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Silicon As the New Lithium 211

Posted by kdawson
from the throw-the-sand-against-the-wind dept.
hduff writes "While lithium-ion batteries offer better performance than lead-acid or ni-cad batteries, the supply of lithium is limited and the batteries can pose problems. Researchers at the Technion-Israel Institute are building a better battery with easily obtainable sand and air."
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Silicon As the New Lithium

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  • by somersault (912633) on Wednesday December 09, 2009 @06:13AM (#30375474) Homepage Journal

    Just use gold instead!

    But really, we have a lot of otherwise useful metals being punted around in the form of money at the moment. We should use digital money and put the metal stuff to better use.

  • by lanner (107308) on Wednesday December 09, 2009 @06:15AM (#30375482)

    While new battery technology is very important in our current time, the sheer number of duplicate stories and borderline advertisement/marketing stories on Slashdot about these new batteries, WITH a combines lithium FUD scare at the same time no less, sours these stories.

  • Natrium batteries (Score:3, Insightful)

    by Colin Smith (2679) on Wednesday December 09, 2009 @06:17AM (#30375498)

    Chemically very similar to Lithium. Plenty of Natrium around.


  • by Anonymous Coward on Wednesday December 09, 2009 @07:02AM (#30375654)

    Sand is everywhere.

    Chile has half the world's lithium and they're gearing up to play hardball over it. This will hopefully deflate those plans.

    If Chile plays hardball, then expect the US to claim Chile's harboring Al-Qaeda and are building Weapons of Mass Destruction.

  • by TapeCutter (624760) * on Wednesday December 09, 2009 @07:23AM (#30375736) Journal
    "Just a thought...

    I had that thought once but when I tested it I found UID's and IQ's are not inversely related.
  • by maxume (22995) on Wednesday December 09, 2009 @08:18AM (#30375946)


    I grew up a few hundred miles from a mine that shut down because other mines were more economical. As the price goes up, that sort of mine can start operating again (if they can convince people in the area to put up with the environmental impact).

  • by phoenix321 (734987) * on Wednesday December 09, 2009 @08:19AM (#30375948)

    Lithium in mineable concentration is pretty rare as it is and highly priced because of Lithium-Ion batteries - that's why everyone is searching for another battery type in the first place.

  • by Darth Sdlavrot (1614139) on Wednesday December 09, 2009 @09:42AM (#30376348)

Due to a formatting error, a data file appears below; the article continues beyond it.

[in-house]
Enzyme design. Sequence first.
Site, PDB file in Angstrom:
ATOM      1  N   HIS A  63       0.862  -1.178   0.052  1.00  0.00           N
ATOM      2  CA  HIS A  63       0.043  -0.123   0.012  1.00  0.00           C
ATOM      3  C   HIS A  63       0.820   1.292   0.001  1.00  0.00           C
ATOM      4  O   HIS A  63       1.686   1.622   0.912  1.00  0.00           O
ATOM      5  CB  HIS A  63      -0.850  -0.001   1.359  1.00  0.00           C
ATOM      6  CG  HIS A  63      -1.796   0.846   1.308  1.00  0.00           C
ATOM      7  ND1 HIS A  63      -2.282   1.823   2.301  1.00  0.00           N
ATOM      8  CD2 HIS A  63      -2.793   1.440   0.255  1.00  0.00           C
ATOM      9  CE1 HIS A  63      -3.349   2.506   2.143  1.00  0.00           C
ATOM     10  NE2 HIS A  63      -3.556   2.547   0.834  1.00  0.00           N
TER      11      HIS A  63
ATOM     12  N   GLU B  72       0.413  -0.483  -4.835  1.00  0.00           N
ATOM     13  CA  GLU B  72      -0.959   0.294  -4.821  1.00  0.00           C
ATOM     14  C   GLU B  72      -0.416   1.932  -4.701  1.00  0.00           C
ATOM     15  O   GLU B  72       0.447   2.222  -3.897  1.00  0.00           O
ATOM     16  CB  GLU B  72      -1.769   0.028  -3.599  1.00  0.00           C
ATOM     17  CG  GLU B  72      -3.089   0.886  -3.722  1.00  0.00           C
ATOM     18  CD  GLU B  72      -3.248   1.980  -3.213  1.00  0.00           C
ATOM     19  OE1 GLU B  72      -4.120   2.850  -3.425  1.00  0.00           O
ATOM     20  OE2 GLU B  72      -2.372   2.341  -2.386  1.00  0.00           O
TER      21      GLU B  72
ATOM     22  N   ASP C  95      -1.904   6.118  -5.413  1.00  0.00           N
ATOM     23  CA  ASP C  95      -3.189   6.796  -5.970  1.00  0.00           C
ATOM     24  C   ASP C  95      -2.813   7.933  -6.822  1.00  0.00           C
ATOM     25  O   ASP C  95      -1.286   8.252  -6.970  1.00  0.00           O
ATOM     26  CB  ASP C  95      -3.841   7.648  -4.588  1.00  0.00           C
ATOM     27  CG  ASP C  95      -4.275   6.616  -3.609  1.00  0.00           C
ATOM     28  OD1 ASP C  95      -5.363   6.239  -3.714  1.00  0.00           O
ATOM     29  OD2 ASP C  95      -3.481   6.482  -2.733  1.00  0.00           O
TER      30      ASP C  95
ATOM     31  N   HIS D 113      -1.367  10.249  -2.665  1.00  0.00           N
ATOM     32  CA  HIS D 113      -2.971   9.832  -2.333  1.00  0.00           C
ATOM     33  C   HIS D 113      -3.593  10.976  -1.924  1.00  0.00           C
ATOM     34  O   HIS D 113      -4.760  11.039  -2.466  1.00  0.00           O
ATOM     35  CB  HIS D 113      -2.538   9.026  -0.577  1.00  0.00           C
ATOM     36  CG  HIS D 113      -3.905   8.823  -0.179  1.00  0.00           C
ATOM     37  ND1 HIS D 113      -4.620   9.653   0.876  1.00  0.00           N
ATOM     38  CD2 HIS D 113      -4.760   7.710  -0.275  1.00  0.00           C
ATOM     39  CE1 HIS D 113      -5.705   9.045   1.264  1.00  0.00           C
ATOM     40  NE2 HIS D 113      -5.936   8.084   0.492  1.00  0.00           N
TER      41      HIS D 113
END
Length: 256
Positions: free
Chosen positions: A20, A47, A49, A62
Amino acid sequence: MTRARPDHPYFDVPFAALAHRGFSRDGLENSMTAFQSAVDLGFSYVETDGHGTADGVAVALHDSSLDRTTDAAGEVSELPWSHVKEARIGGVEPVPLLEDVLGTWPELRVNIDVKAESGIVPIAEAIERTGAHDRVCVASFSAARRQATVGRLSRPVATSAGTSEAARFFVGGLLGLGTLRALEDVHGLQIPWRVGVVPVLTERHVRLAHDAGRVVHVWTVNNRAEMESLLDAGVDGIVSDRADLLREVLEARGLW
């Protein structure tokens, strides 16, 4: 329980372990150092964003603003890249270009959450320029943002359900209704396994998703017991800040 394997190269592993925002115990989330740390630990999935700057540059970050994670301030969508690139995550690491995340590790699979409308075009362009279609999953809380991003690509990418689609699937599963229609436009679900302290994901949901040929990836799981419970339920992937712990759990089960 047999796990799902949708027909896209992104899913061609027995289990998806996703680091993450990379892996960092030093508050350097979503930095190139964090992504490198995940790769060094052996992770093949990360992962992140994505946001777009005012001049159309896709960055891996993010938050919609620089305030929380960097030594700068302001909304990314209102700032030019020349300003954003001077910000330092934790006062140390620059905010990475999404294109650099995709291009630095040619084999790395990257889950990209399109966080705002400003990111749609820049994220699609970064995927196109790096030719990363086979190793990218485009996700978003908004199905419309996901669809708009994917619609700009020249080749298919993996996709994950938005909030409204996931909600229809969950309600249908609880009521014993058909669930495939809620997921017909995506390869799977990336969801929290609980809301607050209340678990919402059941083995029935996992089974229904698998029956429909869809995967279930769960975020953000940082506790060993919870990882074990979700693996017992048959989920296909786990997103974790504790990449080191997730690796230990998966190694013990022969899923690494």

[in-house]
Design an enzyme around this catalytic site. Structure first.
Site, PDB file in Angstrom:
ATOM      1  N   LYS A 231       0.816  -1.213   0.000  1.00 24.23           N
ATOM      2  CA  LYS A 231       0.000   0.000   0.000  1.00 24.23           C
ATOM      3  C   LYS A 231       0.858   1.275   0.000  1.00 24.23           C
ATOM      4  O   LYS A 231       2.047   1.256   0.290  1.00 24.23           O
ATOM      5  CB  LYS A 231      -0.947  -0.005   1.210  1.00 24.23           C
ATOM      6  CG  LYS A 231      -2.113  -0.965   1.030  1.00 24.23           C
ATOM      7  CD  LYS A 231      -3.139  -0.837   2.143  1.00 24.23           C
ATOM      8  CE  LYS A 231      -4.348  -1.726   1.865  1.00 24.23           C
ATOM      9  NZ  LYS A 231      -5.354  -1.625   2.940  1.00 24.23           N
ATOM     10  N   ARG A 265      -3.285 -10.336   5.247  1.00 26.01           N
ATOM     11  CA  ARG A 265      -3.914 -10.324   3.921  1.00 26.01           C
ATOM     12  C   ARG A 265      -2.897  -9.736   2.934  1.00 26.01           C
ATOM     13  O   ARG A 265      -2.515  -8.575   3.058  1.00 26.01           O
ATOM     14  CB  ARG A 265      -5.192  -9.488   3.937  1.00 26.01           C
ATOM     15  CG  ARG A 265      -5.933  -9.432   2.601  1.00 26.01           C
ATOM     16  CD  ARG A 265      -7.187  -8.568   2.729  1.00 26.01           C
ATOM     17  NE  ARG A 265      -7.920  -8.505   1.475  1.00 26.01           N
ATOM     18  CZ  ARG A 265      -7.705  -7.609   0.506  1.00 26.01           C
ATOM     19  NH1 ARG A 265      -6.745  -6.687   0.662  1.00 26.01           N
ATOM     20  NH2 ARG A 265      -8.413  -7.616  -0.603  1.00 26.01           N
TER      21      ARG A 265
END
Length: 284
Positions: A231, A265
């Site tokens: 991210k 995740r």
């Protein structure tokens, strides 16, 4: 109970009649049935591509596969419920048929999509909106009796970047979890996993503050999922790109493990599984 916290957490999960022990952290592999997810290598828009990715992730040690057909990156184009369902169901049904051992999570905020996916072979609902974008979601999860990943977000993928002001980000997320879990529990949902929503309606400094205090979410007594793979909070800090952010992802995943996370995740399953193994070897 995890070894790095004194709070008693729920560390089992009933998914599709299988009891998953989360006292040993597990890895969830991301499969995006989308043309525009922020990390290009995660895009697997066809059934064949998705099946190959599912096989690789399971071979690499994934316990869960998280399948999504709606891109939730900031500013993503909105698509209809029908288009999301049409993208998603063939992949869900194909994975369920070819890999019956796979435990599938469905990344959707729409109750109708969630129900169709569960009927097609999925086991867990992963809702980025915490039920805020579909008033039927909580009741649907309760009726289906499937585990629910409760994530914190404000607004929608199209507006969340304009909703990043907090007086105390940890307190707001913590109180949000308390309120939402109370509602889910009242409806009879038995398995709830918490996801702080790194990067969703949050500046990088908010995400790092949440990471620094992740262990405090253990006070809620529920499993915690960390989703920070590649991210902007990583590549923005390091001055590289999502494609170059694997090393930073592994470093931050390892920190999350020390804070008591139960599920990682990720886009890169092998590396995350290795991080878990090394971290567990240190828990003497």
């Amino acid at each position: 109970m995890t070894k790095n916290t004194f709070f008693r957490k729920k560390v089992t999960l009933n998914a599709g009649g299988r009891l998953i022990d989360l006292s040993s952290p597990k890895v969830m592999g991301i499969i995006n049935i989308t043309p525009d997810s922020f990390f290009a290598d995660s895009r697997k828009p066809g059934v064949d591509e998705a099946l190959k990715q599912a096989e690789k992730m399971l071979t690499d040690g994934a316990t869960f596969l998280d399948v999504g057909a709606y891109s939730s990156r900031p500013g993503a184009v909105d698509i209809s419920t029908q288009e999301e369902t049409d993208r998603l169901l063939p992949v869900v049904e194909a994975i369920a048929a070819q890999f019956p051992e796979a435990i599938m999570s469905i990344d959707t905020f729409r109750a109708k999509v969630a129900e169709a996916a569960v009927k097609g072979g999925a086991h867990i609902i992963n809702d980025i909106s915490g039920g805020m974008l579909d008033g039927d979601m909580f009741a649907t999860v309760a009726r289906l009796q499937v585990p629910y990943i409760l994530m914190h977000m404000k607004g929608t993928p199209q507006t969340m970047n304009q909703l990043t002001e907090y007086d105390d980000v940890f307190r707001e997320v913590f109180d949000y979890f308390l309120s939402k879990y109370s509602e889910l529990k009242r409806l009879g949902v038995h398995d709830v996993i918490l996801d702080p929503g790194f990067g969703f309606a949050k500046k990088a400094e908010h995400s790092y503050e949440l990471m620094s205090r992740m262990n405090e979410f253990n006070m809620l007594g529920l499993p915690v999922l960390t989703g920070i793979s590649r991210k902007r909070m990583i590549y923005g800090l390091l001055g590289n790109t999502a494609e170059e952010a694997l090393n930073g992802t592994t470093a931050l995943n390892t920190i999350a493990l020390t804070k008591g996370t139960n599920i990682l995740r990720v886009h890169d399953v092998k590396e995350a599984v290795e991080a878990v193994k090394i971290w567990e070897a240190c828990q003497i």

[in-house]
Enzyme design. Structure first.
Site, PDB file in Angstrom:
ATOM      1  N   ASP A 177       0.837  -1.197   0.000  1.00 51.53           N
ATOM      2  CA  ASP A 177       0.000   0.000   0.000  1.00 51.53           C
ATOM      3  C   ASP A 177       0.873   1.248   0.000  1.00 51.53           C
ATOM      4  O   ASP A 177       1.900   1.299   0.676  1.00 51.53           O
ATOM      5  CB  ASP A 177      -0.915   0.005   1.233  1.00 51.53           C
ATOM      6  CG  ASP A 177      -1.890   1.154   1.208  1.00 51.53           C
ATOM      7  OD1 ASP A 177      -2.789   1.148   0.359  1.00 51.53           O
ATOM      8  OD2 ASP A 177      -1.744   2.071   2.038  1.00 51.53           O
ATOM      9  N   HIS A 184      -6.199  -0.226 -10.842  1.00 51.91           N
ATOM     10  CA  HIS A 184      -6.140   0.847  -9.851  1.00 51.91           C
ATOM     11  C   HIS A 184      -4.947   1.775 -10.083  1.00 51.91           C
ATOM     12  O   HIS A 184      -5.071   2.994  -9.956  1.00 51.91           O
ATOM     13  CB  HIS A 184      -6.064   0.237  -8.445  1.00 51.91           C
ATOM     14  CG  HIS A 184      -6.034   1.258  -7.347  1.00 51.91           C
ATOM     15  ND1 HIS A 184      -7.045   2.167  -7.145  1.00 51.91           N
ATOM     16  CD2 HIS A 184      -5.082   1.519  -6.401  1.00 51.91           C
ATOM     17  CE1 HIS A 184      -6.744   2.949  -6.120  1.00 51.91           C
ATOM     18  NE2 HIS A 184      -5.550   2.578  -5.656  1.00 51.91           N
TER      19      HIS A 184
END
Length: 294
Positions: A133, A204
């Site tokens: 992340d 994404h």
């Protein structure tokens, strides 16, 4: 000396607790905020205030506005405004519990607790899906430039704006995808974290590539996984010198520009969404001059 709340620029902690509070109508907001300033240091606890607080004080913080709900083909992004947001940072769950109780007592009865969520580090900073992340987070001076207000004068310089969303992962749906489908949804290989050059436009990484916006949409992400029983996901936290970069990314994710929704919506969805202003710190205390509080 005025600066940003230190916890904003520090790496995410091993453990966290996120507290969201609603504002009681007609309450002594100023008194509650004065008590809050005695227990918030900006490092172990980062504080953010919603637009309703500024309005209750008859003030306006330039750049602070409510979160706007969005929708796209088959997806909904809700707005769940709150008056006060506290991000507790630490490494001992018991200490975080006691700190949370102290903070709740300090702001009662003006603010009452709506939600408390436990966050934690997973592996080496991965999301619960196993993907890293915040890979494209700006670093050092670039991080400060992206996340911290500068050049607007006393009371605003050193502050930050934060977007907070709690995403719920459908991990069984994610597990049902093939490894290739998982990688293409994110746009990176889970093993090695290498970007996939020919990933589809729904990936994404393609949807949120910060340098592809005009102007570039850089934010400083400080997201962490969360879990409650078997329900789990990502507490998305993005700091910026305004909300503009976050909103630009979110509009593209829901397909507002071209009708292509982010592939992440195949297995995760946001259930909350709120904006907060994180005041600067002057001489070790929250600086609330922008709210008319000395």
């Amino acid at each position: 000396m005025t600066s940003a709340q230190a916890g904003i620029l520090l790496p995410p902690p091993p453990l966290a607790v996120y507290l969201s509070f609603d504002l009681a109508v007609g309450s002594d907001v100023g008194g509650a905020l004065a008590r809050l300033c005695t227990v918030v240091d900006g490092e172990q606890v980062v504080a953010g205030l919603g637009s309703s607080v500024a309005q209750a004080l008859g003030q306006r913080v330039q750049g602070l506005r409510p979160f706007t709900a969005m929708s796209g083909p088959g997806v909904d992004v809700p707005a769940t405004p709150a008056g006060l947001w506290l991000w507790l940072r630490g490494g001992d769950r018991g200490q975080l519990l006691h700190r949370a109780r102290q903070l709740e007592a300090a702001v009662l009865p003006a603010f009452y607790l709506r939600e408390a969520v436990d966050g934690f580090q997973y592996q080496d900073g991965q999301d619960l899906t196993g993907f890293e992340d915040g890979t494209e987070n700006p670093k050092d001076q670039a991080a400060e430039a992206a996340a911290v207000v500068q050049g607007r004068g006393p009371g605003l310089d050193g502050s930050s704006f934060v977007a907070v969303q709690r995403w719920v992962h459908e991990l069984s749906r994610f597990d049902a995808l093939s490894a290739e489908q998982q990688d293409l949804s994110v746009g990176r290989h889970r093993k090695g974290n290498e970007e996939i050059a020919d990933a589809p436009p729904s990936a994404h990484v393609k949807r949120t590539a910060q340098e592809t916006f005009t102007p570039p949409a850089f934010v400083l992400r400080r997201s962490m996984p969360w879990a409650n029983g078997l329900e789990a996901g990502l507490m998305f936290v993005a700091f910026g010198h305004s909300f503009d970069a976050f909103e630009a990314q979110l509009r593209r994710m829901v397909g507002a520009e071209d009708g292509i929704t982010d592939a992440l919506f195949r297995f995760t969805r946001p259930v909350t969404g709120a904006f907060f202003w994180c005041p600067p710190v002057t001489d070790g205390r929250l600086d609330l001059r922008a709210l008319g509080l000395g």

Actually, Spanish word for sodium is "sodio". Funny thing, as one would have expected it to be "natrio" instead (just substitute "o" for "um" and there you have a Spanish version of a Latin word). Which makes me wonder if someone at sometime forgot that sodium probably comes from Arabic, as per Wikipedia, and thought it was Latin instead.

    Perhaps Spanish was influenced by the Arab presence in Spain during the Middle Ages?

  • by Anonymous Coward on Wednesday December 09, 2009 @10:40AM (#30376822)

    The situation is completely different.

    A non-renewable energy resource such as oil is consumed by the process of using it as fuel -- i.e. it is destroyed (unless you're willing to wait millions of years for the carbon cycle to do its job). It also has a well-defined theoretical endpoint that would never be crossed: once it takes more energy to extract it than the oil contains, there's no point in extracting it. It's simple physics. And the practical economic threshold will be reached well before that point.

    By contrast, a non-renewable material resource such as lithium is not destroyed during use, and it can be recycled. This prolongs the availability of the resource immensely. The challenge becomes recovering as much of it as possible rather than trying to manage its inevitable depletion. Furthermore, as a non-energy resource, we can keep mining it from geological sources of ever-diminishing concentrations. There is no practical limit to the resource as long as the price/demand goes high enough. Although it is unlikely it would ever be necessary, we could extract it from average rock if we had to. Oil isn't like that at all.

    Thus, by recycling efficiently "peak lithium" might never happen. The worst that would happen is increased expense. "Peak oil", however, is inevitable as long as we keep using it, and no matter how high the price goes. Well, unless you stopped using it as a fuel and only sold it as perfume or something.

  • by Anonymous Coward on Wednesday December 09, 2009 @11:07AM (#30377062)
    I don't mean to disappoint you but... gold is so valuable exactly because its so rare. If gold was so easy to find as cooper, most wires in the world would be made of gold and it would be cheap as cooper...

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